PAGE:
On his return from Washington, Prime Minister Tony Blair gave a speech to a selected audience at his Downing Street residence. The subject of his remarks was not the criticisms made by the Iraq Study Group of US—and by implication British—foreign policy failures in Iraq. Instead he sought to deflect any examination of his criminal war policy by launching yet another provocative attack on Muslims.
Blair’s abject appearance alongside President George W. Bush at the White House had led one commentator in the British press to label him a “dead man walking.” His Downing Street speech confirmed how entirely dependent the prime minister is for his political survival on a narrow, right-wing social base.
His remarks on “Our Nation’s Future” were peppered with defensive references to Labour’s long-standing policy of “multiculturalism.” This is a bête noire of the right in Britain, who complain that its advocacy of welcoming and “celebrating” ethnic and religious differences has “diluted” British national identity.
Blair echoed such claims in his Downing Street speech. The July 7 bombings in London, which killed 52 people, have “thrown into sharp relief, the nature of what we have called, with approval, ‘multicultural Britain.’”
“There is an unease, an anxiety, even at points a resentment” that Britain’s “openness, our willingness to welcome difference, our pride in being home to many cultures, is being used against us; abused, indeed, in order to harm us,” he continued.
Blair pitched his remarks as being directed against a minority of radical Muslim extremists, “particularly [those] originating from certain countries” who had a “duty to integrate” into British society.
Cynically he continued, “Our tolerance is part of what makes Britain, Britain. Conform to it; or don’t come here.”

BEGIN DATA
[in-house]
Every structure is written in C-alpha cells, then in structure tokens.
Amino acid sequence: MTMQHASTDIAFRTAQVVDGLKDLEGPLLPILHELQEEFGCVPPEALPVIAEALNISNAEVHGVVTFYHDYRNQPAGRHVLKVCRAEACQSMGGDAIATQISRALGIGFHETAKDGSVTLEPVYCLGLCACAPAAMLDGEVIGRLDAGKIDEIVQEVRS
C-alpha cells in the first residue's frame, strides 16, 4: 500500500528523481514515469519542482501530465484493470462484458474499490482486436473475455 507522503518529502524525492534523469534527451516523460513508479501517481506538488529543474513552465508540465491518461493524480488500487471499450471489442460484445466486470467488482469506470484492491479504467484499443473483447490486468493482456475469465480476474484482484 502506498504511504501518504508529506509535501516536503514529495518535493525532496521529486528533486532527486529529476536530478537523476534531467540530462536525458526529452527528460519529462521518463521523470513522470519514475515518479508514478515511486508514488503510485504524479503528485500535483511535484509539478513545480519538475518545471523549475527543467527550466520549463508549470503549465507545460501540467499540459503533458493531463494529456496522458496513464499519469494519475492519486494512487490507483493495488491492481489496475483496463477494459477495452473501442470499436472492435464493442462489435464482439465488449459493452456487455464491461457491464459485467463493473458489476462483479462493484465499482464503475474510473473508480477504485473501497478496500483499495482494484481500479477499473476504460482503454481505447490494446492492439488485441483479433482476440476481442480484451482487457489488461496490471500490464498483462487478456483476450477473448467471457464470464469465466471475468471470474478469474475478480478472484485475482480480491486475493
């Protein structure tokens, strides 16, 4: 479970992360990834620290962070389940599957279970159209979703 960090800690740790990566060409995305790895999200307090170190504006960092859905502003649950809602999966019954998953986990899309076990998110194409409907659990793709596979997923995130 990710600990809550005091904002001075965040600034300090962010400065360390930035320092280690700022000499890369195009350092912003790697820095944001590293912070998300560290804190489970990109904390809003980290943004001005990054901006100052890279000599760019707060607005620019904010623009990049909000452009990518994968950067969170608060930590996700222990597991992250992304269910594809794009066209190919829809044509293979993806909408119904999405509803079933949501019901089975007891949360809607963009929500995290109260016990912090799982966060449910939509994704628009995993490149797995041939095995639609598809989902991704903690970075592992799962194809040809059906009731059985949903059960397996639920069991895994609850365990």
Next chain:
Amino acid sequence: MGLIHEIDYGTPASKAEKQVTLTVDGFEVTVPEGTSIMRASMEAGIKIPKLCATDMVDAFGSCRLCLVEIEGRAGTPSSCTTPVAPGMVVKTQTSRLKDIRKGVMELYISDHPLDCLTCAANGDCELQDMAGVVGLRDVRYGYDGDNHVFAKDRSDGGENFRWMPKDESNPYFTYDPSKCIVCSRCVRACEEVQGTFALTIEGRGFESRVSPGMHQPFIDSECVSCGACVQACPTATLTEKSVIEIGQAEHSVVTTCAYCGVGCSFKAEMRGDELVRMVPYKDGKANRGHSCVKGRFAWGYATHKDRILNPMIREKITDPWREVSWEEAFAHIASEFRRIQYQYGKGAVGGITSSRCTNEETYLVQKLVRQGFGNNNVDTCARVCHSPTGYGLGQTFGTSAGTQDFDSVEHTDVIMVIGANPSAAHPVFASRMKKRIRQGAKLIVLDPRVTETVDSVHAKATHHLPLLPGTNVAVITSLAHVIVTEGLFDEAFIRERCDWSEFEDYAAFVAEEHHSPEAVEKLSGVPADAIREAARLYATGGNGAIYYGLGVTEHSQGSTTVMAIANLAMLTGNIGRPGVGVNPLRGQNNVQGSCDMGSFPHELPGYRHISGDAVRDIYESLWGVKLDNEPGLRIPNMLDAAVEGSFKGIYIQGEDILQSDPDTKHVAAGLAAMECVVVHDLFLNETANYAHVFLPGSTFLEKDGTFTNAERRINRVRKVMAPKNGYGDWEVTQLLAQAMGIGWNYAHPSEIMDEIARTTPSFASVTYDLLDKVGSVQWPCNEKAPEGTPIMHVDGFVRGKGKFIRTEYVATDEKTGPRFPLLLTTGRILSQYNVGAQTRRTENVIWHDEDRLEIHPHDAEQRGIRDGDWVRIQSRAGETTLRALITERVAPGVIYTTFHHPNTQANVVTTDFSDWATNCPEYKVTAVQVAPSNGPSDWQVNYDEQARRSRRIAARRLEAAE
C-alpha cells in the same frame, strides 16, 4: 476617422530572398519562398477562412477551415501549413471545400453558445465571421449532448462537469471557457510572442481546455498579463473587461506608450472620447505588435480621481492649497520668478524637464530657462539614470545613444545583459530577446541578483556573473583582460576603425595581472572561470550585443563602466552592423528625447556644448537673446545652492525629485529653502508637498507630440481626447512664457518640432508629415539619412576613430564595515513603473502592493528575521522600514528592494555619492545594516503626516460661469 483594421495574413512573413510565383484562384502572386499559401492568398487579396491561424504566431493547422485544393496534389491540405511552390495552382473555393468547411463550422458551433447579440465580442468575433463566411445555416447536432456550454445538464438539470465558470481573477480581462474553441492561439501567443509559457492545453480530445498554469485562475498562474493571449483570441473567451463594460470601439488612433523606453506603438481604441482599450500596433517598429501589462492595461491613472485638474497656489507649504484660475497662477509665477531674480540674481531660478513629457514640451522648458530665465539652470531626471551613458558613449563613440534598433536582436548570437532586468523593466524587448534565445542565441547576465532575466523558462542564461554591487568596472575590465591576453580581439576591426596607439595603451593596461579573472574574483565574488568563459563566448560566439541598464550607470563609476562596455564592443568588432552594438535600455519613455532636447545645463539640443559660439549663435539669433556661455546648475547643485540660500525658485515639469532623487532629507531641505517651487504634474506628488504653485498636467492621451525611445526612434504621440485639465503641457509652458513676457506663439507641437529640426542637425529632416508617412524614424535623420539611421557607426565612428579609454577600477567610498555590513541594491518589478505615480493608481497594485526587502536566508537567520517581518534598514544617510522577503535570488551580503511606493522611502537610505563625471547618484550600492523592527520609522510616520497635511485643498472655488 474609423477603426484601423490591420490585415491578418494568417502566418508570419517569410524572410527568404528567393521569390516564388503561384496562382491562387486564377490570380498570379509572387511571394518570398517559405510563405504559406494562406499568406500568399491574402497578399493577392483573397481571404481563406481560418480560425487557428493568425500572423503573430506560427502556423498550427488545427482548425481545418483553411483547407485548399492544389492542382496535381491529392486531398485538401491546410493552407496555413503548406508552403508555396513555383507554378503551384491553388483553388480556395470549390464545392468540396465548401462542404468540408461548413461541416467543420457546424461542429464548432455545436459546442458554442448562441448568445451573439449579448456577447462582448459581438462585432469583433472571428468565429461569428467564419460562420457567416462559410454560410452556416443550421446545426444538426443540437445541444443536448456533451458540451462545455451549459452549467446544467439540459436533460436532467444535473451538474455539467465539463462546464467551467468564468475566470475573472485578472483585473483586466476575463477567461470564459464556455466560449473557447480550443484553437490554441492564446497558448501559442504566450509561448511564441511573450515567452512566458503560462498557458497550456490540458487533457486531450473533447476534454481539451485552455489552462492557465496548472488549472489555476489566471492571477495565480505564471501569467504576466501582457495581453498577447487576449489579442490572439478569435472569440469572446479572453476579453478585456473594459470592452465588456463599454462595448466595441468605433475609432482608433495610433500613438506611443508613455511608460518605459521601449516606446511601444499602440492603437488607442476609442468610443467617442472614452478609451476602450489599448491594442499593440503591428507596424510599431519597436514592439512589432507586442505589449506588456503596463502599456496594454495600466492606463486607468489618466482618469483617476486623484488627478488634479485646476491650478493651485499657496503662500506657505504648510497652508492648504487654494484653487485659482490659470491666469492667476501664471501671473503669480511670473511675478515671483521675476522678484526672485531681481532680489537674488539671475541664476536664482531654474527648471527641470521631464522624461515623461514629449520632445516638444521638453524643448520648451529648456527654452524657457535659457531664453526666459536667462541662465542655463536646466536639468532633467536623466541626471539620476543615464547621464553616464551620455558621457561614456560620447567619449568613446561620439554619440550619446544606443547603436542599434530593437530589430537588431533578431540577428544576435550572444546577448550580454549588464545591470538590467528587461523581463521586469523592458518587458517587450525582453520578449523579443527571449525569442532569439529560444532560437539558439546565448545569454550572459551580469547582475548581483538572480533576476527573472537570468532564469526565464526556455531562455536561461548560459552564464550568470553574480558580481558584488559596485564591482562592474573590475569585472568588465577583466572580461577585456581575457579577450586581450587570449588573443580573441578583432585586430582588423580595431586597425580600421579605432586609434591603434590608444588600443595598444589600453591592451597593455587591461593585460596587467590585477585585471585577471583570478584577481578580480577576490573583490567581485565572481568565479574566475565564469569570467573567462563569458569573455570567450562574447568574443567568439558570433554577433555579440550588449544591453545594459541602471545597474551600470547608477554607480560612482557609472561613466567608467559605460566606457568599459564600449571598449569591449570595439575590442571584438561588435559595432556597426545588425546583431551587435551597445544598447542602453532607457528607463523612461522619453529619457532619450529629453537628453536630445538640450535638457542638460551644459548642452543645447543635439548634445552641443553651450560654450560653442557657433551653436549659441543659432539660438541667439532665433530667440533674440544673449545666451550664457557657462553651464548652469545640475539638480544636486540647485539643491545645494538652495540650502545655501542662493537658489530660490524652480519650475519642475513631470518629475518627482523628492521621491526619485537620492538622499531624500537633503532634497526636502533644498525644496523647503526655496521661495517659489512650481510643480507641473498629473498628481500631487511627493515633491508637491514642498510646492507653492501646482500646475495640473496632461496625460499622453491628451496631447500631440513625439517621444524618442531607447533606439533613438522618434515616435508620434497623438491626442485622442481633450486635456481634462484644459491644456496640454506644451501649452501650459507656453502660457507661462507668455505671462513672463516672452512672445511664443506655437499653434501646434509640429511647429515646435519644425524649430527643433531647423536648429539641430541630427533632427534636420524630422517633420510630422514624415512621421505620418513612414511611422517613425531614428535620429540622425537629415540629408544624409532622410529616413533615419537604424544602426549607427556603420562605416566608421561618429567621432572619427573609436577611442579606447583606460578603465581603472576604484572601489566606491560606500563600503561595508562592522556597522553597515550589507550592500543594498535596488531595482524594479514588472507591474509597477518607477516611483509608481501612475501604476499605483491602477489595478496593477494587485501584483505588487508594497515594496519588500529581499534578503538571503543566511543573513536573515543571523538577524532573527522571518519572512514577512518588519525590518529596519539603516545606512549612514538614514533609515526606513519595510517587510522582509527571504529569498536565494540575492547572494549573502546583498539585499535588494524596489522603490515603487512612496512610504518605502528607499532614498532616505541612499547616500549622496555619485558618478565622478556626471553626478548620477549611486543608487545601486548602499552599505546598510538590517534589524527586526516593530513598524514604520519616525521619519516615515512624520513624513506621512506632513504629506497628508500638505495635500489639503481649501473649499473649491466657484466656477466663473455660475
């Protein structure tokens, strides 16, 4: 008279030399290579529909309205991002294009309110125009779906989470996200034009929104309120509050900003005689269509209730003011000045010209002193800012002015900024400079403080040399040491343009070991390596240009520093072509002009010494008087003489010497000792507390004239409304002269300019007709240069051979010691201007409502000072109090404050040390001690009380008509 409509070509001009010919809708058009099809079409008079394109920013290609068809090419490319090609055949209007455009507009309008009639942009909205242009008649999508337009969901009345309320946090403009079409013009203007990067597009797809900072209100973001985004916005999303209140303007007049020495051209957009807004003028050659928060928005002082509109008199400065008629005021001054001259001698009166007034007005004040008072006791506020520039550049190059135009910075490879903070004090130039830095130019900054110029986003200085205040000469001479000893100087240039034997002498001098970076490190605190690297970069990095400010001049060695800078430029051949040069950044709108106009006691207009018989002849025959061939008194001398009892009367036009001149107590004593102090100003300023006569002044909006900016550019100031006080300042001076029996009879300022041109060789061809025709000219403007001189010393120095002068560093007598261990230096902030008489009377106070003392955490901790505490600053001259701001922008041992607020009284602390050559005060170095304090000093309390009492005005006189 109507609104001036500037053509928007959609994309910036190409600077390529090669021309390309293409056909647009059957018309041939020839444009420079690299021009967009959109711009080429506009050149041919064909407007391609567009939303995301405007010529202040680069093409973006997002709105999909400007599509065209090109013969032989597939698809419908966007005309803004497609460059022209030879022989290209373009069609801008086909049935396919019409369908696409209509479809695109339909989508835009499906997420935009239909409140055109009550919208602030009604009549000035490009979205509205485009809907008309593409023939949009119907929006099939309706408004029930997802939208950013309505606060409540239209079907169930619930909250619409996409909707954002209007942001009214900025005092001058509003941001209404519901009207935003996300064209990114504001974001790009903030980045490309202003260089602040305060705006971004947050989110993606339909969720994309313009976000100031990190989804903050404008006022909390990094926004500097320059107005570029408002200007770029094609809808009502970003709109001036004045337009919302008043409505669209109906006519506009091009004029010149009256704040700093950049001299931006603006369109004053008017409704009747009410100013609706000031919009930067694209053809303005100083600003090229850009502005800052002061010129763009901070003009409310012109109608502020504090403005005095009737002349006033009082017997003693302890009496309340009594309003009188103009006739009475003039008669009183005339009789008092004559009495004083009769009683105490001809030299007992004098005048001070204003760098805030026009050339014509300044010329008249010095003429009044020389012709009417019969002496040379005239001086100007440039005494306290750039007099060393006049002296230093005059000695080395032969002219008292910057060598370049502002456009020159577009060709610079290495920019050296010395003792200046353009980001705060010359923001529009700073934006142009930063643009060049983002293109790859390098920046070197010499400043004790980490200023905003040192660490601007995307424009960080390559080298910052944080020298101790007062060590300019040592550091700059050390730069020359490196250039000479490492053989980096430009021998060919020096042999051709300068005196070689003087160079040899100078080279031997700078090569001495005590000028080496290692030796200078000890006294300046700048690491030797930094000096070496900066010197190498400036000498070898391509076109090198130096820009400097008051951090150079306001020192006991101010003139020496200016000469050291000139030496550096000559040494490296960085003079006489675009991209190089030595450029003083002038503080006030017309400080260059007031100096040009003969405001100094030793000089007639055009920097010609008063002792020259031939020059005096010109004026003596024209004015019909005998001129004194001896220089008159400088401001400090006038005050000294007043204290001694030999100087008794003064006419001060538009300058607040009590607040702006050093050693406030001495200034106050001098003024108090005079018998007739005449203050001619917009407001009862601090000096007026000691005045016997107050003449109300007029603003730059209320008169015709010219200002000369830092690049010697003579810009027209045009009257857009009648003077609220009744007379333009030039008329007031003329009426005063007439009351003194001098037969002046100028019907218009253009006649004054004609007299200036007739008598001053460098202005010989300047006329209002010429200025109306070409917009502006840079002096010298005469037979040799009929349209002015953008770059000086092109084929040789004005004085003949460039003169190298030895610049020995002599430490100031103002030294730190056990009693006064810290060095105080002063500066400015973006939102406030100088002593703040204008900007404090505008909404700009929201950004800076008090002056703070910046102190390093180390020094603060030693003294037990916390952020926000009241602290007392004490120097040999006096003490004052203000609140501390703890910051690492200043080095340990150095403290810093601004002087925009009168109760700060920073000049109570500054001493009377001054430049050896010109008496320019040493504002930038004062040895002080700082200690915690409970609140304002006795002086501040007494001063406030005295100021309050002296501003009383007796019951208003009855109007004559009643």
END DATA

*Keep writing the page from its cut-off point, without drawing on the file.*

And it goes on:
In fact, the July 7 bombings were carried out by British-born Muslims who, the prime minister admitted, “were integrated ... in terms of lifestyle and work.” But Blair’s evocation of an alien presence in the midst of Britain was intended as a coded appeal—his “don’t come here” not so far removed from the demand of the extreme right that ethnic minorities “get out.”
There is something immensely distasteful about a lecture on “integration” from a man whose support for the US-led pre-emptive war on Iraq, and the subsequent American and British takeover of the country, has been accompanied by the deliberate stoking of sectarian divisions.
Within Britain itself, as Labour ditched its previous social reformist policies, it has sought to encourage identity policies based on the promotion of religious and racial differences. Now Blair turns around and damns his own policy, but does so from the right. Though his remarks specifically targeted Muslim extremists, they dovetail neatly with more general anti-immigrant propaganda.
In his London speech, Blair claimed that integration was not about “culture or lifestyle,” but went on to assert that it meant accepting “common unifying British values.” All religions have a “perfect right to their own identity and religion, to practice their faith and to conform to their culture,” he said, explaining that “equality of respect and treatment for all citizens” was a key British value.